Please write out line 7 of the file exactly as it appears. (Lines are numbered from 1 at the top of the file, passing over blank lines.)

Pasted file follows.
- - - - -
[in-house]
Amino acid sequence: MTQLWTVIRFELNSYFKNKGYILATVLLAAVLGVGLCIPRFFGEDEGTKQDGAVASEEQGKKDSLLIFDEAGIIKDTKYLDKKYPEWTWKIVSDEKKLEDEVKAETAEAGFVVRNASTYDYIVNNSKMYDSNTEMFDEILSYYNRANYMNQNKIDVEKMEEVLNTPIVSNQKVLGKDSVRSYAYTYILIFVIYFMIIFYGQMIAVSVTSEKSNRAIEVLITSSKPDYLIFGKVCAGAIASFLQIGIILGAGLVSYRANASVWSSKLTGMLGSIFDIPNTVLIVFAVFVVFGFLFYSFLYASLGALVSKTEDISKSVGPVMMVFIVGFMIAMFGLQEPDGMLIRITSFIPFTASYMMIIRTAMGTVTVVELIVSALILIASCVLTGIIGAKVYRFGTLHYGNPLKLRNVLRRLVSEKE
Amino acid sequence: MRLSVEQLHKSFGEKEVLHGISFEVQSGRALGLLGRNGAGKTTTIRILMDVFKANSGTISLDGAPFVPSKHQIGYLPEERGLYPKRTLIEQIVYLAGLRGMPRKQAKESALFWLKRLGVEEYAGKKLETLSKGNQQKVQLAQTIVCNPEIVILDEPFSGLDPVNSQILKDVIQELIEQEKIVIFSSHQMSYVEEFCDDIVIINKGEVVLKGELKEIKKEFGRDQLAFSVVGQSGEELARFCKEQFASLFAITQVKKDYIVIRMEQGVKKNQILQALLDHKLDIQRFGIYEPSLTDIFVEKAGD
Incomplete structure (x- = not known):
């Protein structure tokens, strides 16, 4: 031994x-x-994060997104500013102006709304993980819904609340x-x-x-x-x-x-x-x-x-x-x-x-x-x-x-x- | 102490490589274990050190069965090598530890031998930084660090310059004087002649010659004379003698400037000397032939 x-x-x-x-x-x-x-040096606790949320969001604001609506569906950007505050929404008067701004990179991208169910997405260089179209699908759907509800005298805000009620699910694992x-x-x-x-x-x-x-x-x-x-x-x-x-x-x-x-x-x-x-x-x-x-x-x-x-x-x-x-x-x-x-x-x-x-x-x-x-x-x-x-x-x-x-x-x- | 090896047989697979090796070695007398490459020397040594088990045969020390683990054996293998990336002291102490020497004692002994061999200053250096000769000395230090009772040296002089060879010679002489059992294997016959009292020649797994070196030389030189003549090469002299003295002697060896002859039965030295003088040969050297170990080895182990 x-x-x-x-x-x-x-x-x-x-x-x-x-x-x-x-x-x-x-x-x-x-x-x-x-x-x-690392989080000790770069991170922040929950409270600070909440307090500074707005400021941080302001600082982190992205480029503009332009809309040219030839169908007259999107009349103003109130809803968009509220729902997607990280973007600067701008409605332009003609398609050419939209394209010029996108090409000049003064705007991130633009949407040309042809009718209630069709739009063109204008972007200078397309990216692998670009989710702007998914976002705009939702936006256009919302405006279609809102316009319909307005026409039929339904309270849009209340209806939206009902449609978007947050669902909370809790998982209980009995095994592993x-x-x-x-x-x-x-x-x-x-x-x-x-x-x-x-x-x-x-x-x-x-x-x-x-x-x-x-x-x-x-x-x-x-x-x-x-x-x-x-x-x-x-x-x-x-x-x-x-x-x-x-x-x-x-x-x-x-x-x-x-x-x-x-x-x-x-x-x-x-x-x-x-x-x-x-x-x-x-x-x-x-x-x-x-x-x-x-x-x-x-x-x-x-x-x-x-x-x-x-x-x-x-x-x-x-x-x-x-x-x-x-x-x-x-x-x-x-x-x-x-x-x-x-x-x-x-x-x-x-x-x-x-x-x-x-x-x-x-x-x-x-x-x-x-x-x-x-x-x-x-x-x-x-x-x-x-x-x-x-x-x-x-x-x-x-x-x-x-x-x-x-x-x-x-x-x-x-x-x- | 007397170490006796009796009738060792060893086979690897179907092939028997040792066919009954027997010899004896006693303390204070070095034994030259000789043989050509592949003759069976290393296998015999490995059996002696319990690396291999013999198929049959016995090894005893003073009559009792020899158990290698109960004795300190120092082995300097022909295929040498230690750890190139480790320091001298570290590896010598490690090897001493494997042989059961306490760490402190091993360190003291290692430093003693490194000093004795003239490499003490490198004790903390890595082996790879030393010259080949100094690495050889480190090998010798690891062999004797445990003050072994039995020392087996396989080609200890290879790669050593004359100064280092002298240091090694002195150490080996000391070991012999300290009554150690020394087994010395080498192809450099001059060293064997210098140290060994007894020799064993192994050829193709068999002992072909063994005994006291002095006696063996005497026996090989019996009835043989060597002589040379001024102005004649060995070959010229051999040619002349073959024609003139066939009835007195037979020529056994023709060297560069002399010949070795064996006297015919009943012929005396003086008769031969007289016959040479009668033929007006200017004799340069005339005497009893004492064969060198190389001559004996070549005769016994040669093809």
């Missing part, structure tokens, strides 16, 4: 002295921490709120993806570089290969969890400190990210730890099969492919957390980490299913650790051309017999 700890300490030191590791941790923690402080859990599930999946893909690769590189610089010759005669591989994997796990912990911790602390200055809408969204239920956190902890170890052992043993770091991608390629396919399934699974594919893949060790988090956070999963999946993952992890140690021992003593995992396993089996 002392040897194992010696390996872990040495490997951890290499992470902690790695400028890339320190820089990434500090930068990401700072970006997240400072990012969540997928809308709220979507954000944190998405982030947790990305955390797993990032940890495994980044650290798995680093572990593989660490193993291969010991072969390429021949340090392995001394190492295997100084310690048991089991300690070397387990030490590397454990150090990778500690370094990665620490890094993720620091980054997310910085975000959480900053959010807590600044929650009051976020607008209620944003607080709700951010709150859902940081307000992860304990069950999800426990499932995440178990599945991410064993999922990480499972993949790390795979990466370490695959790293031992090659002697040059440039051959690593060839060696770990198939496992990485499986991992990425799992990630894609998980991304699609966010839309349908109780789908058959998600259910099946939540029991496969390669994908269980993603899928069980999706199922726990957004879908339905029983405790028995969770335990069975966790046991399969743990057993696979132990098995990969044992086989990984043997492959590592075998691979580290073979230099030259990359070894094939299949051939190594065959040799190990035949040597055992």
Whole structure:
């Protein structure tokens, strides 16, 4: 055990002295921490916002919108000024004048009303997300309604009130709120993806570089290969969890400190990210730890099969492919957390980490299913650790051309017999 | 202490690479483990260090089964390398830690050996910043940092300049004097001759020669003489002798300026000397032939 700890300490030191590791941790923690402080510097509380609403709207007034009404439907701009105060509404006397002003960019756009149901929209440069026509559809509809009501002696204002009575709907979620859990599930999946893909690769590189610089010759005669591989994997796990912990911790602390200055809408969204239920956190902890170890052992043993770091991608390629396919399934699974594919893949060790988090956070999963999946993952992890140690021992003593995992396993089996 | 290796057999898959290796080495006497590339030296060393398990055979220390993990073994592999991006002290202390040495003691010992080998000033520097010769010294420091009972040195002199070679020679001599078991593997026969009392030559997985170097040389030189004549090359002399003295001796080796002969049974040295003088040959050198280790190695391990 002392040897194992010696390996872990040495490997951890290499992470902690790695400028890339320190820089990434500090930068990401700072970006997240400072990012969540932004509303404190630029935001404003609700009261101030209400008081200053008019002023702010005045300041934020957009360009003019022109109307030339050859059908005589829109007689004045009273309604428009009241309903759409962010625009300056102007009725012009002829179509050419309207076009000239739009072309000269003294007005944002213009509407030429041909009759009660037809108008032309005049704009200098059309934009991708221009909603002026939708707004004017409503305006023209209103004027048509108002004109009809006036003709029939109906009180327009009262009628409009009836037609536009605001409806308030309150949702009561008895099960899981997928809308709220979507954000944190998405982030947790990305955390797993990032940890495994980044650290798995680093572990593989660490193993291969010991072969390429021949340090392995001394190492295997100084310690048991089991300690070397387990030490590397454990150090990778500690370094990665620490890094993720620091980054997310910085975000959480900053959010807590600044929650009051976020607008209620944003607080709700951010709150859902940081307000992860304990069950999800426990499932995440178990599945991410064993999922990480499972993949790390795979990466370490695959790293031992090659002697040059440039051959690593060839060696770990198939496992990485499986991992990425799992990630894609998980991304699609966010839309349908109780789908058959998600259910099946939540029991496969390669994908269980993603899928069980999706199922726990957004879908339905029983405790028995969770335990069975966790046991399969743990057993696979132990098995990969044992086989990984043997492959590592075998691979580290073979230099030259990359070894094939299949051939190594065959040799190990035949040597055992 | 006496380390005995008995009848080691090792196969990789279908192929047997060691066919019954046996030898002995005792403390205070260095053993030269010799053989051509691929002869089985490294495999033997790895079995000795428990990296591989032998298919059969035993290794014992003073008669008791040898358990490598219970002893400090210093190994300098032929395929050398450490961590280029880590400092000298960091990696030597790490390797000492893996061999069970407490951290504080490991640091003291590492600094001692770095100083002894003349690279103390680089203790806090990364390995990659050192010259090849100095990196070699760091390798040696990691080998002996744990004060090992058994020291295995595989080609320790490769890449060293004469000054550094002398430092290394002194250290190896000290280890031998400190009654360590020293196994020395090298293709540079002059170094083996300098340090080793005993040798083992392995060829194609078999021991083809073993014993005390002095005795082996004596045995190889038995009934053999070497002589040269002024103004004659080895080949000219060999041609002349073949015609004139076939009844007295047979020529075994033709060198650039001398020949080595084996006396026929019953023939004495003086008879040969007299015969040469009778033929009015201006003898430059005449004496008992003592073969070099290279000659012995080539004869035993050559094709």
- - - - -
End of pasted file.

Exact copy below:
Whole structure: